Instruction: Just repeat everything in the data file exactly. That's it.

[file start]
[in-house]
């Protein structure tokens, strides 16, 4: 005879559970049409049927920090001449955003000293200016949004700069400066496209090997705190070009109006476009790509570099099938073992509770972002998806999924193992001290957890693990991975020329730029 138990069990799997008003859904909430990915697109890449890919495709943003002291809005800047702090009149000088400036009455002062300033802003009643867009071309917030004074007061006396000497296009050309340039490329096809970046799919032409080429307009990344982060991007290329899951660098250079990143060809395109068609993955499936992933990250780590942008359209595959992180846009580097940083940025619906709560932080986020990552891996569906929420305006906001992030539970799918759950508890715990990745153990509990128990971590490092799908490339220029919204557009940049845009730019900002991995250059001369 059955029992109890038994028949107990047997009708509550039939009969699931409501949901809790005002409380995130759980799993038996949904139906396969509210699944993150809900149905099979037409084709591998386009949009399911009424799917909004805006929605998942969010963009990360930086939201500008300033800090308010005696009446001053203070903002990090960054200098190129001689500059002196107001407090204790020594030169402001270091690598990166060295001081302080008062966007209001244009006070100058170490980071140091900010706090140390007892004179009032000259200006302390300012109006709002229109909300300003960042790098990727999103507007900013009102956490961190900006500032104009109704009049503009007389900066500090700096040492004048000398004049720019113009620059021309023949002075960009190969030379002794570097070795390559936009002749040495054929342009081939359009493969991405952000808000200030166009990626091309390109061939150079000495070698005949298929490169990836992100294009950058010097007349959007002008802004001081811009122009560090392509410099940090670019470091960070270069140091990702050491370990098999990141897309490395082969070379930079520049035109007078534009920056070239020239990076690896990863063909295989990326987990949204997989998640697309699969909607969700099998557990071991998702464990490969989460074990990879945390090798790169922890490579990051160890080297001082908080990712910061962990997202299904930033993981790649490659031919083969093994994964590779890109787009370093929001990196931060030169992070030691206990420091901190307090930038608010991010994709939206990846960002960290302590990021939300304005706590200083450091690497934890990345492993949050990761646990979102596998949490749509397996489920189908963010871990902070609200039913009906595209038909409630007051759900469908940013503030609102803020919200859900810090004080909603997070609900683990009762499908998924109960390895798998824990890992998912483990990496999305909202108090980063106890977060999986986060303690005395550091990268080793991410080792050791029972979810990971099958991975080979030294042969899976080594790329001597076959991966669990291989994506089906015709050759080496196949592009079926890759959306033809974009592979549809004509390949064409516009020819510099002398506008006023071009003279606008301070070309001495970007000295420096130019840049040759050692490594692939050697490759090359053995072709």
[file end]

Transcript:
[in-house]
């Protein structure tokens, strides 16, 4: 005879559970049409049927920090001449955003000293200016949004700069400066496209090997705190070009109006476009790509570099099938073992509770972002998806999924193992001290957890693990991975020329730029 138990069990799997008003859904909430990915697109890449890919495709943003002291809005800047702090009149000088400036009455002062300033802003009643867009071309917030004074007061006396000497296009050309340039490329096809970046799919032409080429307009990344982060991007290329899951660098250079990143060809395109068609993955499936992933990250780590942008359209595959992180846009580097940083940025619906709560932080986020990552891996569906929420305006906001992030539970799918759950508890715990990745153990509990128990971590490092799908490339220029919204557009940049845009730019900002991995250059001369 059955029992109890038994028949107990047997009708509550039939009969699931409501949901809790005002409380995130759980799993038996949904139906396969509210699944993150809900149905099979037409084709591998386009949009399911009424799917909004805006929605998942969010963009990360930086939201500008300033800090308010005696009446001053203070903002990090960054200098190129001689500059002196107001407090204790020594030169402001270091690598990166060295001081302080008062966007209001244009006070100058170490980071140091900010706090140390007892004179009032000259200006302390300012109006709002229109909300300003960042790098990727999103507007900013009102956490961190900006500032104009109704009049503009007389900066500090700096040492004048000398004049720019113009620059021309023949002075960009190969030379002794570097070795390559936009002749040495054929342009081939359009493969991405952000808000200030166009990626091309390109061939150079000495070698005949298929490169990836992100294009950058010097007349959007002008802004001081811009122009560090392509410099940090670019470091960070270069140091990702050491370990098999990141897309490395082969070379930079520049035109007078534009920056070239020239990076690896990863063909295989990326987990949204997989998640697309699969909607969700099998557990071991998702464990490969989460074990990879945390090798790169922890490579990051160890080297001082908080990712910061962990997202299904930033993981790649490659031919083969093994994964590779890109787009370093929001990196931060030169992070030691206990420091901190307090930038608010991010994709939206990846960002960290302590990021939300304005706590200083450091690497934890990345492993949050990761646990979102596998949490749509397996489920189908963010871990902070609200039913009906595209038909409630007051759900469908940013503030609102803020919200859900810090004080909603997070609900683990009762499908998924109960390895798998824990890992998912483990990496999305909202108090980063106890977060999986986060303690005395550091990268080793991410080792050791029972979810990971099958991975080979030294042969899976080594790329001597076959991966669990291989994506089906015709050759080496196949592009079926890759959306033809974009592979549809004509390949064409516009020819510099002398506008006023071009003279606008301070070309001495970007000295420096130019840049040759050692490594692939050697490759090359053995072709």